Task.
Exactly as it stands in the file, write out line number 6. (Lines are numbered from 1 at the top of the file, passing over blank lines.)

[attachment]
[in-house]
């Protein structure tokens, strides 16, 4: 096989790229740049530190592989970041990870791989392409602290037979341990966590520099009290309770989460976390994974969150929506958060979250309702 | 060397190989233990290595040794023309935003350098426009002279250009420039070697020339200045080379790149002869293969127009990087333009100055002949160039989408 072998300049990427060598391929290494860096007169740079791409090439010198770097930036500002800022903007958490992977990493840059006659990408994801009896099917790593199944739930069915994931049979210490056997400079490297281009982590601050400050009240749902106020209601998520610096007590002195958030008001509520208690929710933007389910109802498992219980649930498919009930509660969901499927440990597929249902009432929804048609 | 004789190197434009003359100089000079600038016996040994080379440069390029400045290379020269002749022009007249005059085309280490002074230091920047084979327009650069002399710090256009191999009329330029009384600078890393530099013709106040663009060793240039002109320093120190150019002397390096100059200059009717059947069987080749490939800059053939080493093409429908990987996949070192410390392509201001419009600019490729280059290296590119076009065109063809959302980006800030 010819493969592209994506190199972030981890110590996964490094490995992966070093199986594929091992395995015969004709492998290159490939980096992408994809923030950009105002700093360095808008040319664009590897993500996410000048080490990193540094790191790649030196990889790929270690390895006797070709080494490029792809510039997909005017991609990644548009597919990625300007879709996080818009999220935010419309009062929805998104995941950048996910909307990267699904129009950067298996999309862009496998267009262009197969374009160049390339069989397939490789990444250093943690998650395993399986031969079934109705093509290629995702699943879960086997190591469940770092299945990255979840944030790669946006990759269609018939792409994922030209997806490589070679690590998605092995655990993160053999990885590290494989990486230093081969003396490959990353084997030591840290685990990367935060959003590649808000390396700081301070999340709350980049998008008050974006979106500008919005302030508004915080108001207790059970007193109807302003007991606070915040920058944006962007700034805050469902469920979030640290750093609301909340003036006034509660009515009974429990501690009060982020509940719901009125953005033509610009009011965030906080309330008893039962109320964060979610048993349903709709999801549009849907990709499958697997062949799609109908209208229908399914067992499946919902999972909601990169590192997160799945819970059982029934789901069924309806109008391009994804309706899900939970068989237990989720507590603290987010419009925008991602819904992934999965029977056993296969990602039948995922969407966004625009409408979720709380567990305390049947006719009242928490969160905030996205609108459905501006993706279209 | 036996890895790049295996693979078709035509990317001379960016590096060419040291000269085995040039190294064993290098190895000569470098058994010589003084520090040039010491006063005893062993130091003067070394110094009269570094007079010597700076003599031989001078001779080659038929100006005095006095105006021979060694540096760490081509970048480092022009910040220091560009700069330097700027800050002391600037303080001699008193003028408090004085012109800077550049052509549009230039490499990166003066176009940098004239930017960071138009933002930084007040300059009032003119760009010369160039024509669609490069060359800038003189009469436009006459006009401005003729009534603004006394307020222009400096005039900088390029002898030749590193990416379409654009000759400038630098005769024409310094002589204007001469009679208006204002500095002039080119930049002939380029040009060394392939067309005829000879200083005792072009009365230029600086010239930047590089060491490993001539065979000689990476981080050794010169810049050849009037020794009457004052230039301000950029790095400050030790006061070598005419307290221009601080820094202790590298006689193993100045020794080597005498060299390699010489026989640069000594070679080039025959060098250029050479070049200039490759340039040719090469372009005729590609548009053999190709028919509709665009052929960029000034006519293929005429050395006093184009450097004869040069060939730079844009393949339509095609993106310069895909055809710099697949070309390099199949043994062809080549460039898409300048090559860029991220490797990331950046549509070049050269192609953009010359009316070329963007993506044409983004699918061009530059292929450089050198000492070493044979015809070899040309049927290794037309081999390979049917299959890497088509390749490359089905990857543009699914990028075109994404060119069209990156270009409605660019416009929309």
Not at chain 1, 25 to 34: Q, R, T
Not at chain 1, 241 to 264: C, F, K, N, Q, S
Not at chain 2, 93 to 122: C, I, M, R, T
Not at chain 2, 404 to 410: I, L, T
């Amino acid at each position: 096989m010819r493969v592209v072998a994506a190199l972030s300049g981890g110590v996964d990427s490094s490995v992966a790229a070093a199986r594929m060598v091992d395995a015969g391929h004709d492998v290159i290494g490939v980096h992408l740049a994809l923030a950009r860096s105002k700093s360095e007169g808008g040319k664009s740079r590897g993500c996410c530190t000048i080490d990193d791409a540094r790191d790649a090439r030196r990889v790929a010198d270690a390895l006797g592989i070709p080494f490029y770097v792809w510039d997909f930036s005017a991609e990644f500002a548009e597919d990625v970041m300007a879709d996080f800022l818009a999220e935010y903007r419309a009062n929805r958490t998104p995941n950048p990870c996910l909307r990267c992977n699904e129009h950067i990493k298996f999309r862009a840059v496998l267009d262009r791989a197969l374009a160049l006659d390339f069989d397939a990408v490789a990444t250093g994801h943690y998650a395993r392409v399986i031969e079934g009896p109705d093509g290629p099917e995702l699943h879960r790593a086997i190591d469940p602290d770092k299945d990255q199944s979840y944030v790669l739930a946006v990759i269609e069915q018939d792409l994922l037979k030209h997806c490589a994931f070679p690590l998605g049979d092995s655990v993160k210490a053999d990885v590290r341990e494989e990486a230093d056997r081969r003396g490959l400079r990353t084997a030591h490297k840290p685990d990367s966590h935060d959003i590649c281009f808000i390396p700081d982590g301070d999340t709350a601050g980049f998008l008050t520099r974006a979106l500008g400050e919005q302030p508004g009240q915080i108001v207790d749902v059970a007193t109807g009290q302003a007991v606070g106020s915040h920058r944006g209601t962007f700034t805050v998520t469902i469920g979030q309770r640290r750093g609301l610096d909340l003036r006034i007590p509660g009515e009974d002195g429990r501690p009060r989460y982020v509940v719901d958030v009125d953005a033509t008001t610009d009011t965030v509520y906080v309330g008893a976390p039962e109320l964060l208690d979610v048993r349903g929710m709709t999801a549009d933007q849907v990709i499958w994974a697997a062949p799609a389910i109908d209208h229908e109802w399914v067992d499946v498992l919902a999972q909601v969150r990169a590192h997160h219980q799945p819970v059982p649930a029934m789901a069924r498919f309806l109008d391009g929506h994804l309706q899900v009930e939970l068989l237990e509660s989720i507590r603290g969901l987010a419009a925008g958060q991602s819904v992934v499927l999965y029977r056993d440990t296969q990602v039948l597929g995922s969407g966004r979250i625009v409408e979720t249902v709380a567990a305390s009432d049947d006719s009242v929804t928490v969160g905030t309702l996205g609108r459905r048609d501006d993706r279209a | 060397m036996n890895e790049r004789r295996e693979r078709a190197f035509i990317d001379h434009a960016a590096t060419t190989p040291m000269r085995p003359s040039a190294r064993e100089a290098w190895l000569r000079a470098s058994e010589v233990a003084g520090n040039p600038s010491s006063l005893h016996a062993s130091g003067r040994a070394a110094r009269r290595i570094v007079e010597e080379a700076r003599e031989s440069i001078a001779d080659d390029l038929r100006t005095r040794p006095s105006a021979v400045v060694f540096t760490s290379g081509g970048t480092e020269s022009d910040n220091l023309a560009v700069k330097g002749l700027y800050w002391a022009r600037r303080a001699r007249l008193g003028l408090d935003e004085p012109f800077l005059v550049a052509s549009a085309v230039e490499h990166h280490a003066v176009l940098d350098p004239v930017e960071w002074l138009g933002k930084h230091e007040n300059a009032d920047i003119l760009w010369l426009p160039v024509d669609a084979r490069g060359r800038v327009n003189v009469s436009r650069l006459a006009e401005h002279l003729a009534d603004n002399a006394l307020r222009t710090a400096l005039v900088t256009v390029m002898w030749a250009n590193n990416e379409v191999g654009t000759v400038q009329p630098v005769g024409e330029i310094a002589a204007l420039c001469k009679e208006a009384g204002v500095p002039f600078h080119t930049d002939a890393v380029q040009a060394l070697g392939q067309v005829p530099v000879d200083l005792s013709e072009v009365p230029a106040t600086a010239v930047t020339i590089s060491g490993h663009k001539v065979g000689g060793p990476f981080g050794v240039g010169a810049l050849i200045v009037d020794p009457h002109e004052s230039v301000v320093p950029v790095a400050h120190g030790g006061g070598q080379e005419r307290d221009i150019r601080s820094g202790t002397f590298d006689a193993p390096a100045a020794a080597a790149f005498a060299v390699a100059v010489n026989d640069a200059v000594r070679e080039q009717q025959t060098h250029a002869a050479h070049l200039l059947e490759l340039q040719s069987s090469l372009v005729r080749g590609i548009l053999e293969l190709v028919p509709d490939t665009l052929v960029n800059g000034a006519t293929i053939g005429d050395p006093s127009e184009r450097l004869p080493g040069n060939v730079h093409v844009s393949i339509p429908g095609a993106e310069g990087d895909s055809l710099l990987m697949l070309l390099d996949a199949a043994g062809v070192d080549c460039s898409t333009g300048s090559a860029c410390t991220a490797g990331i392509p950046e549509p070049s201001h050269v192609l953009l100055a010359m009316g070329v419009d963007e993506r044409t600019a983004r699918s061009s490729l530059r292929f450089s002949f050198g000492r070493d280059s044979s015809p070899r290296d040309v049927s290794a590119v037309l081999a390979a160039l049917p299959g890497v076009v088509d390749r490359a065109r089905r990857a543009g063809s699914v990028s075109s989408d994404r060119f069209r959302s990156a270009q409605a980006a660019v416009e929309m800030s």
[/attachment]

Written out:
Not at chain 2, 404 to 410: I, L, T